*The following article is the Executive Summary from the booklet “Assessing Biocompatibility: A Guide for Medical Device Manufacturers”
Purpose of Biocompatibility Testing
Biocompatibility is, by definition, a measurement of how compatible a device is with a biological system. The purpose of performing biocompatibility testing is to determine the fitness of a device for human use, and to see whether use of the device can have any potentially harmful physiological effects. As stated by the International Organization of Standards:
“The primary aim of this part of ISO 10993 is the protection of humans from potential biological risks arising from the use of medical devices.” (ISO 10993-1:2009)
The overall process of determining the biocompatibility of any medical device involves several stages. One should begin by collecting data on the materials comprising the device, then perform in vitro screening (often only on components of the device), and finally conduct confirmatory in vivo testing on the finished device. It is essential to make sure that the finished device is challenged to ensure that human use of the device does not result in any harmful effects.
Biocompatibility Test Planning
The primary goal of a biocompatibility screening program is the protection of humans. However, since animal testing is necessary for many biocompatibility tests, a secondary goal is to eliminate unnecessary testing and minimize the number and exposure of test animals. With this in mind, it is important to conduct research beforehand to document all relevant data on the component materials of the device and on similar devices with an established clinical history. Existing data may be sufficient to demonstrate biological safety of parts or of the entire device, thus precluding the need to conduct certain tests.
The required tests will also depend on the use of the device and the manner and duration in which it will interact with the body. In test planning it is important to note whether the device is a surface device, an external communicating device, or an implant device, and what tissues the device will contact. (Implant devices interacting with the blood, for instance, will require more thorough testing than a surface device with an expected contact time of only a few days.)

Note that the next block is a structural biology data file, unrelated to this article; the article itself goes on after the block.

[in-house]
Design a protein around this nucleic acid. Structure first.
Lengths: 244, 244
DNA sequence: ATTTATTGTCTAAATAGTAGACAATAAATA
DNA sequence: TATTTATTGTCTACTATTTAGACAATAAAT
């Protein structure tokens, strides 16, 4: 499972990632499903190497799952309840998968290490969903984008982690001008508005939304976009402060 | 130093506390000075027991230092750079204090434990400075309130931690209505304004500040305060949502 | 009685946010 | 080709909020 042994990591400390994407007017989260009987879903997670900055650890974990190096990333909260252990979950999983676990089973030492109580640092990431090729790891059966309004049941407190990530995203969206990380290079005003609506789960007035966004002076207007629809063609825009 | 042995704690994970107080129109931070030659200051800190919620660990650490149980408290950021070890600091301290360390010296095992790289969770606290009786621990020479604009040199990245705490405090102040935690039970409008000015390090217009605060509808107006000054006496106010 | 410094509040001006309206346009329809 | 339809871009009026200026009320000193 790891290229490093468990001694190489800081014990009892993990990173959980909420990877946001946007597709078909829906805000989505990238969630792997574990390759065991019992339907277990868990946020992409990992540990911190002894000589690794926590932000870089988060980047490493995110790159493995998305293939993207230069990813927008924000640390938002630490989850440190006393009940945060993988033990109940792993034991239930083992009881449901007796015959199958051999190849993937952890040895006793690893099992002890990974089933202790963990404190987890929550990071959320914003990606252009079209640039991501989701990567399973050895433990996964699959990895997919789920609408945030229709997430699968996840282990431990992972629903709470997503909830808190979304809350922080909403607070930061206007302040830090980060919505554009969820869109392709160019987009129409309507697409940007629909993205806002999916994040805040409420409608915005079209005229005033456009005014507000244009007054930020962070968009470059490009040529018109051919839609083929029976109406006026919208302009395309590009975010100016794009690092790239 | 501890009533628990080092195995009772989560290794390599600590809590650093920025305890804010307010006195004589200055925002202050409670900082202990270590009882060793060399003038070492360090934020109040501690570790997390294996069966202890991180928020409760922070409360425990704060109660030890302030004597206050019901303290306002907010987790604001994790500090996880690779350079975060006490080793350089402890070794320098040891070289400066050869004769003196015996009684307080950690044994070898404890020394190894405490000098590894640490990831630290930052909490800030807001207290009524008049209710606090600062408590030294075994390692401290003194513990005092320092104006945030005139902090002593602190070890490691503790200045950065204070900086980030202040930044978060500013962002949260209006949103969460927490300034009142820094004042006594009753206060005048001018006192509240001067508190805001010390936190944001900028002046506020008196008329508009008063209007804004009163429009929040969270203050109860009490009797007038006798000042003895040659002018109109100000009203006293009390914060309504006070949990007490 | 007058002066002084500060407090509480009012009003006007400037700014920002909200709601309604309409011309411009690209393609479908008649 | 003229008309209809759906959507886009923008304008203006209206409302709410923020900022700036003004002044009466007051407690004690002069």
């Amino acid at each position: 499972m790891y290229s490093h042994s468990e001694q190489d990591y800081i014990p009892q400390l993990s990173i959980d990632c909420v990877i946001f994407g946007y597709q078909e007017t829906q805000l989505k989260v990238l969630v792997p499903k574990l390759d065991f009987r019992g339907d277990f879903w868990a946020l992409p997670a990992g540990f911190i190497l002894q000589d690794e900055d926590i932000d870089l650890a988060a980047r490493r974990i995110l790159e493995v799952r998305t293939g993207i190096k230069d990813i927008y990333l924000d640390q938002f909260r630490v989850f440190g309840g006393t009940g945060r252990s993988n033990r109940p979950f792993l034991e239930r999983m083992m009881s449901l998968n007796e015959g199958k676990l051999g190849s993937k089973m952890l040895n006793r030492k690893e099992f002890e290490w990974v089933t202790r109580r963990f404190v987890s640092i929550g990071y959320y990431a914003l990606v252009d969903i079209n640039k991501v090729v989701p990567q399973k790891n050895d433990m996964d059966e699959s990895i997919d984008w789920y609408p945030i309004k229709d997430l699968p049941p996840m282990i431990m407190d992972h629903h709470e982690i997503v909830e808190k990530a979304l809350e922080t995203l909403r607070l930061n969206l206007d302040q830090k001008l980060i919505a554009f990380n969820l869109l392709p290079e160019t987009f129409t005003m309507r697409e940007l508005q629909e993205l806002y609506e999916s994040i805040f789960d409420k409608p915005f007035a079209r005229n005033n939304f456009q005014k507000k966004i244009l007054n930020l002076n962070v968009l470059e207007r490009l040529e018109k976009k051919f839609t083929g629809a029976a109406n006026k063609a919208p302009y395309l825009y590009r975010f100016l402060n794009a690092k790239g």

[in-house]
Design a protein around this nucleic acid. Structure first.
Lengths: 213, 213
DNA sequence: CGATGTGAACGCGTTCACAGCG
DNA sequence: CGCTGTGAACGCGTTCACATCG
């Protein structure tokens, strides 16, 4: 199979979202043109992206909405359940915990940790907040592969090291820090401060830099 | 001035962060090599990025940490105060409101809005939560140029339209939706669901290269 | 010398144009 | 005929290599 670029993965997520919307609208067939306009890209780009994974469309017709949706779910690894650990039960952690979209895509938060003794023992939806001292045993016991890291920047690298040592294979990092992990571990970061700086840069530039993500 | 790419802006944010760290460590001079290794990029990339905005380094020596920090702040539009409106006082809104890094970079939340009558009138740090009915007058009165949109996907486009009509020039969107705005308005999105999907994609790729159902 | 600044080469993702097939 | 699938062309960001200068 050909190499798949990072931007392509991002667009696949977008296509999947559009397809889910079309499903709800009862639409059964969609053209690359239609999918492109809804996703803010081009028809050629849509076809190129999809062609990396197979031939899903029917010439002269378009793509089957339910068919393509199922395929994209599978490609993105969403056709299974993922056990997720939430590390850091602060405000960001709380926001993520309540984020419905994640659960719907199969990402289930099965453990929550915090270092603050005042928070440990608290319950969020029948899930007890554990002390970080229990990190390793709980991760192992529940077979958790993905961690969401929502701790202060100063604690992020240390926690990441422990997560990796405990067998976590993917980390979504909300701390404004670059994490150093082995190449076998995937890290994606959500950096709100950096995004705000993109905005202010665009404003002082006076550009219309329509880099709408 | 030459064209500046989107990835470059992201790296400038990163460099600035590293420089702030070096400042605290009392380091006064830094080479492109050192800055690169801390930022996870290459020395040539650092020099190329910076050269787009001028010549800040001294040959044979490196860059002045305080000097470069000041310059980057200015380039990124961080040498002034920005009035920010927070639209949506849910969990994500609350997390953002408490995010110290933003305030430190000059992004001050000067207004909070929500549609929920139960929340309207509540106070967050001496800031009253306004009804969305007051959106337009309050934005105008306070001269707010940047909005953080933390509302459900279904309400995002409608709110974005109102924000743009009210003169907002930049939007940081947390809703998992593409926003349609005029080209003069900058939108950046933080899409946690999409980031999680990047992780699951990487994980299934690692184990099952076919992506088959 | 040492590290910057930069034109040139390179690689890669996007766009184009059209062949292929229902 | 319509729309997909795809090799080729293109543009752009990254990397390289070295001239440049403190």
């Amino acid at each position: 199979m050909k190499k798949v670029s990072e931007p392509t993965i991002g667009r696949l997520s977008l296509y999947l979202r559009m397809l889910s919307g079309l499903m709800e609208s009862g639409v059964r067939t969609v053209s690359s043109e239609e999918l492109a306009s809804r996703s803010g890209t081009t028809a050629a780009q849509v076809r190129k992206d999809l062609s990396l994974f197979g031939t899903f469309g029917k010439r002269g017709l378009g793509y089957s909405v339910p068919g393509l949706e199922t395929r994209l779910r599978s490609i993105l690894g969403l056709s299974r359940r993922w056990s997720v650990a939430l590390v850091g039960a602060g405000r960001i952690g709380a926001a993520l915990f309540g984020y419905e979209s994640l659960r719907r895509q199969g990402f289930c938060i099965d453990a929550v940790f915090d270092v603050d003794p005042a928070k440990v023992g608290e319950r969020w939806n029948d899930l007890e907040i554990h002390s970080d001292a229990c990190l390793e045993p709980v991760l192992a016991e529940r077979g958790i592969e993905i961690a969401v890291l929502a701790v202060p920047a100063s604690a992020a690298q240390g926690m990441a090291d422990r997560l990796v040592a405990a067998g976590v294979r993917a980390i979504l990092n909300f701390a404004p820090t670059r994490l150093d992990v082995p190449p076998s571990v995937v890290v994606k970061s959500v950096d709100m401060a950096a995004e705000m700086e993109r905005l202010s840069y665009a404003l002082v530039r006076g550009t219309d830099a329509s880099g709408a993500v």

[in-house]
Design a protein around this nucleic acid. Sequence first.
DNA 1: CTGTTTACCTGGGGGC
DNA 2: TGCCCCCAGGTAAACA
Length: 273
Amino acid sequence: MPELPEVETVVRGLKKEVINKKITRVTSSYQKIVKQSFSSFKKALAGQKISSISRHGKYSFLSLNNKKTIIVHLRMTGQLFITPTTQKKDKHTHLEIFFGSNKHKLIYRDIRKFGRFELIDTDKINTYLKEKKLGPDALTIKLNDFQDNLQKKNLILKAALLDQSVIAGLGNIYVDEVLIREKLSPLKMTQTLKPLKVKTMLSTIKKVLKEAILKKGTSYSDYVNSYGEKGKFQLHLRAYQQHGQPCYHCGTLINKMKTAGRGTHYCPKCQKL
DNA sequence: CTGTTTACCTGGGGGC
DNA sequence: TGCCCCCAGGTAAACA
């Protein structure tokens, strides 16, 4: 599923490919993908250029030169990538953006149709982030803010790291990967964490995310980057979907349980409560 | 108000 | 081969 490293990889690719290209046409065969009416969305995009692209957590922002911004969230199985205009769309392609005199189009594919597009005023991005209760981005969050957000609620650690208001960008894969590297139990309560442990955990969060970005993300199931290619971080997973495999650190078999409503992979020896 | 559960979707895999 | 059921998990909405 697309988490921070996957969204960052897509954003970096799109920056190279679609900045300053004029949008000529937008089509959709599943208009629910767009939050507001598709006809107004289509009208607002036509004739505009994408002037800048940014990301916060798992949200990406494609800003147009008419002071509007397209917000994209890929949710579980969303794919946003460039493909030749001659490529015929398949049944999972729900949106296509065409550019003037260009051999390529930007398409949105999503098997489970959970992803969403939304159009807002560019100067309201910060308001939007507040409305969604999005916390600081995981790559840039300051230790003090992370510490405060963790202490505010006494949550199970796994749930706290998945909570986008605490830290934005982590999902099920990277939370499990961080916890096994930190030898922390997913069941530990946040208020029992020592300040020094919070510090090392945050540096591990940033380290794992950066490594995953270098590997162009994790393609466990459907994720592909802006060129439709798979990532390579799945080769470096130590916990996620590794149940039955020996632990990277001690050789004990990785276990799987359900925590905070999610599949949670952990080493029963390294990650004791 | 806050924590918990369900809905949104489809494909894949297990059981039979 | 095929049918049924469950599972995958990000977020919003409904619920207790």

When planning, it is also important to note that Good Laboratory Practice (GLP) compliance is required for certain biocompatibility regulatory submissions. Because of this, it is generally a good idea to conduct biocompatibility testing according to GLP to allow for the maximum regulatory flexibility and compliance.
Typically, material characterization and analysis of the device’s components are conducted prior to any biological testing. This involves extracting leachable materials from the device or components at an elevated temperature, and analyzing the leachable extracts for potentially harmful chemicals or cytotoxicity.
Once in vitro testing has been completed, in vivo biological testing can be done based upon the device’s intended use. This testing can range from skin irritation testing to hemocompatibility and implantation testing. Turnaround time for tests can range from three weeks to greater than several months, depending on the specific test data needed. Subchronic or chronic implantation testing can last even longer.
Evaluating the Data
After tests are completed and all data has been collected, it is recommended that an expert assessor interpret the data and test results. This will provide insight on whether additional tests need to be conducted, or whether the existing data provide enough information for an overall biological safety assessment of the device.
If you’d like to learn more about how to plan for biocompatibility testing, and for detailed information on ISO and FDA regulations for medical devices, download the 26-page booklet on Assessing Biocompatibility.
Pacific BioLabs performs many different types of medical devices services, including medical device biocompatibility.